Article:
Although this time of remote learning has been one of great change and adjustment, it has also been a time where I've learned to appreciate and notice new things around me. Collaborating with my coworkers to convert our teaching online has shown me the dedication we all share for our school. Any question any of us have, they are ready to step up and help. I have learned to appreciate the power of technology and the gift it has given us to still connect with and educate our students. The hard work, motivation, and positivity in the midst of a totally different learning format that our students were suddenly placed into has amazed me. A slower daily pace has made me more attune to appreciate the small things in life, like this timely season of spring and simply being outside to enjoy it. A large smile from my student on the screen is such a joy to see and something I may not have noticed before and would have taken for granted. I'm appreciative that as educators we can still connect with our students and learn new things in the process.

"Be Careful What You Wish For!"

Well, I never imagined that I would be teaching from home for such an extended period! For all of those times that I have wanted to stay home instead of go to school, or just to lounge around in pajama pants all day, I guess that old saying applies: “Be careful what you wish for!”

It has only been a couple of weeks, and I miss school so much already! While I am proud of the fact that SAA-SDS was ready to meet this challenge head-on, and that we have transitioned to remote learning so successfully, I miss the camaraderie with colleagues and interaction with students that is such a hallmark of our close-knit community.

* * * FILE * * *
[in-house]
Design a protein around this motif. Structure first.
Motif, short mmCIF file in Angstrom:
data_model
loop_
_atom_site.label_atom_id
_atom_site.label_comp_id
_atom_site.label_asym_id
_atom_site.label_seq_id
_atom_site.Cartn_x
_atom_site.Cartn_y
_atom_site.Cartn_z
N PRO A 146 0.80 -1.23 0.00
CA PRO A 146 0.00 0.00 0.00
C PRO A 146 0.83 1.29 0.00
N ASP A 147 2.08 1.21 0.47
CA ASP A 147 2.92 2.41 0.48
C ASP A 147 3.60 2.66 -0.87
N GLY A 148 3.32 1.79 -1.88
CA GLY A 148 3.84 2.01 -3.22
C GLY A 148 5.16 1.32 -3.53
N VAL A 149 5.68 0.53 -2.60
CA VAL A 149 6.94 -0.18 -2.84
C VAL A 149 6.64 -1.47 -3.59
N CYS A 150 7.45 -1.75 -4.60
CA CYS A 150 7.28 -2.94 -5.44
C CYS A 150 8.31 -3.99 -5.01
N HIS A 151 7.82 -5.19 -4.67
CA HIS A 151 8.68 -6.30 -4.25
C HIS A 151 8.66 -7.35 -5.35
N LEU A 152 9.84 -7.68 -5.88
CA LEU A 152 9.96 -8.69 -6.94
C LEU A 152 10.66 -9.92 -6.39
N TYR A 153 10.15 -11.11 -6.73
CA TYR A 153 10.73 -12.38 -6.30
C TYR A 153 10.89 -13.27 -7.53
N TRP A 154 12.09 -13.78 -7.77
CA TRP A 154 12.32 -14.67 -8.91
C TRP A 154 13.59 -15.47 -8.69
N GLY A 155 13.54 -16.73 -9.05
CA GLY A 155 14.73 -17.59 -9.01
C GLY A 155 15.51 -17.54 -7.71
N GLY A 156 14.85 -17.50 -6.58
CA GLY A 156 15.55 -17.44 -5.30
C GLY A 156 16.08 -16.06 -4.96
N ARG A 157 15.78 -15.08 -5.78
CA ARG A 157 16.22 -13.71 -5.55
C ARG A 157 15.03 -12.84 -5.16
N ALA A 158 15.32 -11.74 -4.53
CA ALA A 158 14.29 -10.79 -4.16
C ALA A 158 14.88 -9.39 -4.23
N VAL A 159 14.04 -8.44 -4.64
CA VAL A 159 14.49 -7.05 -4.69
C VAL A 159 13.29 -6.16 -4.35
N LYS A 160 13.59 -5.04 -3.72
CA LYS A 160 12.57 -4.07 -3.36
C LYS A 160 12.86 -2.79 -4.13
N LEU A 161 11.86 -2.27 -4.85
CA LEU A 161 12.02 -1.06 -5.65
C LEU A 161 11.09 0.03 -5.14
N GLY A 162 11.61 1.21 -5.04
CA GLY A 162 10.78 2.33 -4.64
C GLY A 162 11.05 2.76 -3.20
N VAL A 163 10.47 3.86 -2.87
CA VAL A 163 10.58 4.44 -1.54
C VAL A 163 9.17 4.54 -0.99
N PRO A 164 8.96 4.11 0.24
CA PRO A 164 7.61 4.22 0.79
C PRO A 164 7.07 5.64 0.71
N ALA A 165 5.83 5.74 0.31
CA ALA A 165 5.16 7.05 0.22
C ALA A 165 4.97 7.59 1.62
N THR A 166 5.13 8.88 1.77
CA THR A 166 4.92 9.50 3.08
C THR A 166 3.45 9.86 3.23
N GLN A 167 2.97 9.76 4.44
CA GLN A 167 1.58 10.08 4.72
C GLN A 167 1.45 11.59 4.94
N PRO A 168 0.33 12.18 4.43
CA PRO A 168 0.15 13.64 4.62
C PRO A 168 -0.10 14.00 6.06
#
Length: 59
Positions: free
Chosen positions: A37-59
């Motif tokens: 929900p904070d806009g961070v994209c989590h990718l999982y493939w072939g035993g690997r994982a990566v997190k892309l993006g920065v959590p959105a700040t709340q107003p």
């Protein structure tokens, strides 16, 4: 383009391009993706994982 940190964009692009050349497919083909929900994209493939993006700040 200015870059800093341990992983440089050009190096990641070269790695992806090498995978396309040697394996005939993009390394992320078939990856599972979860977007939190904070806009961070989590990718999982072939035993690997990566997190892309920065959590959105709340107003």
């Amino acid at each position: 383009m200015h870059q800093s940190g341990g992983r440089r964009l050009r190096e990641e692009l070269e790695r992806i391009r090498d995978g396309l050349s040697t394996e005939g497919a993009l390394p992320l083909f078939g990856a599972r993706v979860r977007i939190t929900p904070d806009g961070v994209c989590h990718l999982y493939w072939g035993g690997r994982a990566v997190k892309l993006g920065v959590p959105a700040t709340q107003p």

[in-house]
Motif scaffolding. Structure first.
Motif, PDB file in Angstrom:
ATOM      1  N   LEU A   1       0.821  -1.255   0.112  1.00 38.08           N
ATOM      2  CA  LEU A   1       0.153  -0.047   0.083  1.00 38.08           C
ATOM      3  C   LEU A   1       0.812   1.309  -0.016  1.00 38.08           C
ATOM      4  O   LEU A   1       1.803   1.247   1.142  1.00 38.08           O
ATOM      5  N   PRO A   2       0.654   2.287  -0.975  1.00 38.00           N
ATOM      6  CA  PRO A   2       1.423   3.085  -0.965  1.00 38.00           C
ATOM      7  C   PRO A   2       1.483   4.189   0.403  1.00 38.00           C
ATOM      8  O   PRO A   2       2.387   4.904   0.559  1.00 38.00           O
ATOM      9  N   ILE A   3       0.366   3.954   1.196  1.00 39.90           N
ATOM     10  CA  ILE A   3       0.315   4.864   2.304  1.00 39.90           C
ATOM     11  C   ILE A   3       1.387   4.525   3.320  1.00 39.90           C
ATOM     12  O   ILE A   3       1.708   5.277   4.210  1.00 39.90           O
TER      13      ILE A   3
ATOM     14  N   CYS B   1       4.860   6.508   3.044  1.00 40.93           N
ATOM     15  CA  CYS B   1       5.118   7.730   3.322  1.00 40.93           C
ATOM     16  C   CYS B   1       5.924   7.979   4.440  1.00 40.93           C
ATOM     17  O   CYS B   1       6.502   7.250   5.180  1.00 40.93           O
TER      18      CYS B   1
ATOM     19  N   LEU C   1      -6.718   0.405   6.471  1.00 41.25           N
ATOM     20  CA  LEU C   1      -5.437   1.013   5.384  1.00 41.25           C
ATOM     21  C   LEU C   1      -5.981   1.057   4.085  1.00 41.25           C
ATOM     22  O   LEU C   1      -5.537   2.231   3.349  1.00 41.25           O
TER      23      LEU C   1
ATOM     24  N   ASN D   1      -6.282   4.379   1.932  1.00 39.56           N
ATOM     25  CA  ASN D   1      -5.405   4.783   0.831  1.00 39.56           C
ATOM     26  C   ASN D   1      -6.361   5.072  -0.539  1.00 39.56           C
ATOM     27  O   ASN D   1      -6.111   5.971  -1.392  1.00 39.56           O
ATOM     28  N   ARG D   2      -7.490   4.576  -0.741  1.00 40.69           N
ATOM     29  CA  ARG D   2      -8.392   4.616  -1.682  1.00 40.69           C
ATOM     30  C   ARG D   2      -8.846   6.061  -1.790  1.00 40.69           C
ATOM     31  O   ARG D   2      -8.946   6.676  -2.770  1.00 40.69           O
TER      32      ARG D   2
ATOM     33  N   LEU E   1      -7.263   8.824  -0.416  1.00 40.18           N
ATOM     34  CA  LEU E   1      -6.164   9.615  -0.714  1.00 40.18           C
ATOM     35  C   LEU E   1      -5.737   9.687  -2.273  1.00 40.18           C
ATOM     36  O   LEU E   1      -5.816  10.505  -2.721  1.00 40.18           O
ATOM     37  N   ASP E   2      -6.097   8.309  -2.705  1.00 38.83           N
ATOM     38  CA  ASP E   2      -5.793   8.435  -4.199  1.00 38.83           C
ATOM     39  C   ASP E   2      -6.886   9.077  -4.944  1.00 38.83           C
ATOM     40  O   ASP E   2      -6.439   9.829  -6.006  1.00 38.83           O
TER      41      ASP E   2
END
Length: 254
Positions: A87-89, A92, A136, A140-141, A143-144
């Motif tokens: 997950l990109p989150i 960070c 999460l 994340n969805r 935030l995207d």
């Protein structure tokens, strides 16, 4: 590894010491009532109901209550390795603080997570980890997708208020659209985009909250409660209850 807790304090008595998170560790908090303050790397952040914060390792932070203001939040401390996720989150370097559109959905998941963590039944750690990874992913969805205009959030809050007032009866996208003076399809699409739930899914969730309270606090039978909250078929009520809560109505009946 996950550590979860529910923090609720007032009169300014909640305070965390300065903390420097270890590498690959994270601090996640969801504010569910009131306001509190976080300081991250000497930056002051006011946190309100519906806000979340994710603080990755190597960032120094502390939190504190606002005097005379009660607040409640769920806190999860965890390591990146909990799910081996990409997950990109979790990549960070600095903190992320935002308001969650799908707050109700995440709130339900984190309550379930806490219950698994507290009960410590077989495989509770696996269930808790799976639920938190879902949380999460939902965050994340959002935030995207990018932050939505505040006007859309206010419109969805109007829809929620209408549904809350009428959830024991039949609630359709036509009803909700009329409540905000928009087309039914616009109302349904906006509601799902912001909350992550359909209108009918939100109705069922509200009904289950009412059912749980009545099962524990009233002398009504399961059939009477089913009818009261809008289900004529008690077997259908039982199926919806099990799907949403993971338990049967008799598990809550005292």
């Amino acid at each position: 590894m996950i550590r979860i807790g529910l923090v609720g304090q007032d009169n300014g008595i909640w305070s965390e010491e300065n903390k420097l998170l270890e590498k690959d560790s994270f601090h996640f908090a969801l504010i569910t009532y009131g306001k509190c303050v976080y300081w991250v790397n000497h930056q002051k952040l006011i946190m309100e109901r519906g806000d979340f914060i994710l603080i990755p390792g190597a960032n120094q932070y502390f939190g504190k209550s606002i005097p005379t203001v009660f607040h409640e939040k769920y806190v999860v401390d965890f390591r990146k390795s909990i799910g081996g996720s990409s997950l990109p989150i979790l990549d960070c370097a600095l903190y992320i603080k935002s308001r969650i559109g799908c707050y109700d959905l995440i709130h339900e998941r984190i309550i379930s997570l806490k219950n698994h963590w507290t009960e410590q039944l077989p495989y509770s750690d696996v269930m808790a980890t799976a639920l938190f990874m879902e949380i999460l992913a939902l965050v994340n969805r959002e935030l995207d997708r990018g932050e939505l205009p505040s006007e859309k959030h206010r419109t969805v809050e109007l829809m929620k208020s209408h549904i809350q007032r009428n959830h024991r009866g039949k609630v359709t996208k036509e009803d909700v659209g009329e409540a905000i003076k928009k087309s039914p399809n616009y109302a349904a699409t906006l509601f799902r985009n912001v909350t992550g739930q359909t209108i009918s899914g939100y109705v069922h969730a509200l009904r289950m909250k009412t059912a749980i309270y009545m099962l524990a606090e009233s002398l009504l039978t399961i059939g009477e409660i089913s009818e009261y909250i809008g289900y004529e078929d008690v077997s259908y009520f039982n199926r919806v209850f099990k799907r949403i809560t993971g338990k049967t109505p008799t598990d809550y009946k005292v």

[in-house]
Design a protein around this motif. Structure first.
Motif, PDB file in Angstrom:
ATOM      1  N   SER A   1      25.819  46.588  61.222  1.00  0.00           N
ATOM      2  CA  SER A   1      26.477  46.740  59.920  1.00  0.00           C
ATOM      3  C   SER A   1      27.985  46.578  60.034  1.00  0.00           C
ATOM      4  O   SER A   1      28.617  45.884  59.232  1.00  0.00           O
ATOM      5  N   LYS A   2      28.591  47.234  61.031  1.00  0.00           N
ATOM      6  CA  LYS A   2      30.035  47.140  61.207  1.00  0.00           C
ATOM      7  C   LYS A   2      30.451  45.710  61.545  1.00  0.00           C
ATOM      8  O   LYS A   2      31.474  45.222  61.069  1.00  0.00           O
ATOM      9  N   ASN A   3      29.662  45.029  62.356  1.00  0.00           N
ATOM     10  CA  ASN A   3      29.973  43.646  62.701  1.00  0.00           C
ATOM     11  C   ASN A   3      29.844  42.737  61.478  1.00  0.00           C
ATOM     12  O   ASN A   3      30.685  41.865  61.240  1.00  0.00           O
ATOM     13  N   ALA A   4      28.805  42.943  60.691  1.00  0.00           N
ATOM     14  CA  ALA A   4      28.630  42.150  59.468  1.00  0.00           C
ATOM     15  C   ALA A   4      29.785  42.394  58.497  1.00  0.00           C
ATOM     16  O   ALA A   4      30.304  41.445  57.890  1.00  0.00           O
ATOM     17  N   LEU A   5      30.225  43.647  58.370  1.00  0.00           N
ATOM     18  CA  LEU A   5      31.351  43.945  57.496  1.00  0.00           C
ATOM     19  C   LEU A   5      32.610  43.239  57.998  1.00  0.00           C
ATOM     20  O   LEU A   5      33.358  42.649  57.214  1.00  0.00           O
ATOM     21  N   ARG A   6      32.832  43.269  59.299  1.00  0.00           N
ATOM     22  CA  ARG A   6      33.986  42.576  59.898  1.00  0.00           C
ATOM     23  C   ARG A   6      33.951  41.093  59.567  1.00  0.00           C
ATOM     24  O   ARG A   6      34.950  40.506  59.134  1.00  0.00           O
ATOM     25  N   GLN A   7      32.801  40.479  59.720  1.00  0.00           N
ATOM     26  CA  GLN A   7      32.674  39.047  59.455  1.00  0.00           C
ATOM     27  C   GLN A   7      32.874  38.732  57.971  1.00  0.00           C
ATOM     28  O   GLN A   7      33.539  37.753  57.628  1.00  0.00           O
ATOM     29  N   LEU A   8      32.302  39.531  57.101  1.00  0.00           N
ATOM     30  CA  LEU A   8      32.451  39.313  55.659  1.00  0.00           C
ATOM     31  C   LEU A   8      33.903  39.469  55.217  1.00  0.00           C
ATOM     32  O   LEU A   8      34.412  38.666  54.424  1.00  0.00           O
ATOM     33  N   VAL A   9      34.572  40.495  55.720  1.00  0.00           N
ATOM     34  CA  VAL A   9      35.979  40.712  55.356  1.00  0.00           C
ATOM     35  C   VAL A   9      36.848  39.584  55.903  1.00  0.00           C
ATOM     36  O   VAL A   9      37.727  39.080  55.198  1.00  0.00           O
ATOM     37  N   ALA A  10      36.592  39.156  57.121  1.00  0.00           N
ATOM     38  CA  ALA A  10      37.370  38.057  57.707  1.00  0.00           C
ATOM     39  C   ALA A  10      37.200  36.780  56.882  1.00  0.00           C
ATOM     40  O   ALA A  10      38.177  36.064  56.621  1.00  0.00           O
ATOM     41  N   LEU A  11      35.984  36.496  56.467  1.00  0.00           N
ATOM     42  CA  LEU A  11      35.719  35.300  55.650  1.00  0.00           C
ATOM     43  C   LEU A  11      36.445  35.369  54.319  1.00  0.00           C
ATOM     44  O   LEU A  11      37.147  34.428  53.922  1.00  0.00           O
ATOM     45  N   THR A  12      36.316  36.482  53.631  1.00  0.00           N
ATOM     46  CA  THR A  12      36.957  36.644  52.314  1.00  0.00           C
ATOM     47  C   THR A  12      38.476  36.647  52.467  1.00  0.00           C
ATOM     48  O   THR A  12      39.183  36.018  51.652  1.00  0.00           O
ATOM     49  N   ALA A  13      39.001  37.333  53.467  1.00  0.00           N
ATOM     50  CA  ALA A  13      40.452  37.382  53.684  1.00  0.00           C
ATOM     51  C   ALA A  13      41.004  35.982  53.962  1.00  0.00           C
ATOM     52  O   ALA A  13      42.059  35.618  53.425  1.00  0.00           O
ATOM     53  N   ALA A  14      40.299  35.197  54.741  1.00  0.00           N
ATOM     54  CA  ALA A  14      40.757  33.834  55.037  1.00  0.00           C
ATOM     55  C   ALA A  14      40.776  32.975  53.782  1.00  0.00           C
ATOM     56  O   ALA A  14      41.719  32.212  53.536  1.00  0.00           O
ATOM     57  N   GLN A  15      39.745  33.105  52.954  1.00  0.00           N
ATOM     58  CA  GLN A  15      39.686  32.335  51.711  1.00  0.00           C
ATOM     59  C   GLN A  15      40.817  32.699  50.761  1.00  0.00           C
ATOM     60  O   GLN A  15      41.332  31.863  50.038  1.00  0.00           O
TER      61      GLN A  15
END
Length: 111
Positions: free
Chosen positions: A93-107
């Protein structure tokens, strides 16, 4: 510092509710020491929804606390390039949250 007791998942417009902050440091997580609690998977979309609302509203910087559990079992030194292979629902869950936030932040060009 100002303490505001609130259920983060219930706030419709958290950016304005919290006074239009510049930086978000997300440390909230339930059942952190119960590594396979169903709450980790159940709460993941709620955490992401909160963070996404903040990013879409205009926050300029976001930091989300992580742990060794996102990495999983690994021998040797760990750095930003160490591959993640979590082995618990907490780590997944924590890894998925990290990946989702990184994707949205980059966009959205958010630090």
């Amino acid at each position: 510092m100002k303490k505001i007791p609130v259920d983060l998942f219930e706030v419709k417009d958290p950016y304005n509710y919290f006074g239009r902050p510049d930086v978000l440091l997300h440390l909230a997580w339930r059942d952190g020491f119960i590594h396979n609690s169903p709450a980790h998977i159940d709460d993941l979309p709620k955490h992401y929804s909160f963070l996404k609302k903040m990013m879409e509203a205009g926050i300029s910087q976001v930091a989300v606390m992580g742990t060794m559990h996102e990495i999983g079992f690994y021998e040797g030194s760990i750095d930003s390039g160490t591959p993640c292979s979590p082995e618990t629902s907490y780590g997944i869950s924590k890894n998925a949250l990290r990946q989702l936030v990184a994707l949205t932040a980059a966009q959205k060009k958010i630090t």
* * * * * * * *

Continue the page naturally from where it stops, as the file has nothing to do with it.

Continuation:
And yet, I still feel connected when I engage in Zoom meetings or remote “assemblies” with students, faculty, and counselors. It seems that our world is changing by the hour all around us, but the one thing that has sustained me for so long is something that I know I can continue to count on—the amazing, supportive community of our school.

While, of course, we would all rather be together—overhearing the kids laughing in the hallways, the lockers slamming as everyone rushes to class, and the animated conversations that constantly take place among us—I feel that when we return to our beloved campus, we will all have a new and deeper appreciation of our
strength as a community, our dedication to learning, and our longstanding traditions.

I, for one, will not be taking for granted the value that SAA-SDS places on relationships, and I hope to reunite with everyone soon with a renewed sense of what it means to be a Star.

With Love and Leadership in Our Virtual Lives'

I usually sign my leadership emails to students with this tag line: "With [heart emoji] love and leadership." It's my way of affirming two values that mean the most to this St. Agnes Star: loving and leading.

Teaching leadership involves lots of vocabulary and theories. "How-to" lead. How to problem-solve. How to prioritize. How to make decisions. How to inspire. How to combat perfectionism. It also involves the "why." Why we need soft skills. Why we collaborate. Why we need to learn to be assertive. Why we must lean into
vulnerability.

But what I witnessed today with the first SGA-led "aZOOMbly"--named, created, led, and done by student leaders--was the best leadership in action I've seen in a long time.

Their key focus: How can we maintain distance and (re)build community?

Admittedly, girls often come to regular assembly reluctantly. How, then, could a group of 12 student leaders plus two G2 Crew members create an experience that girls want to attend when it's not mandatory?

Here is what happened behind-the-scenes:

  1. Two virtual meetings on Zoom. Brainstorming. Finding a hook (the parody of Mr. Rogers' Neighborhood for that emotional squishy feeling). Recording themselves singing his jingle. Creating an "agenda" for the occasion that would resonate and be relevant.
    2. Re-creating the Senior Voice experience (and preserving the tradition!) and asking two seniors to embrace the new platform in all its potential awkwardness.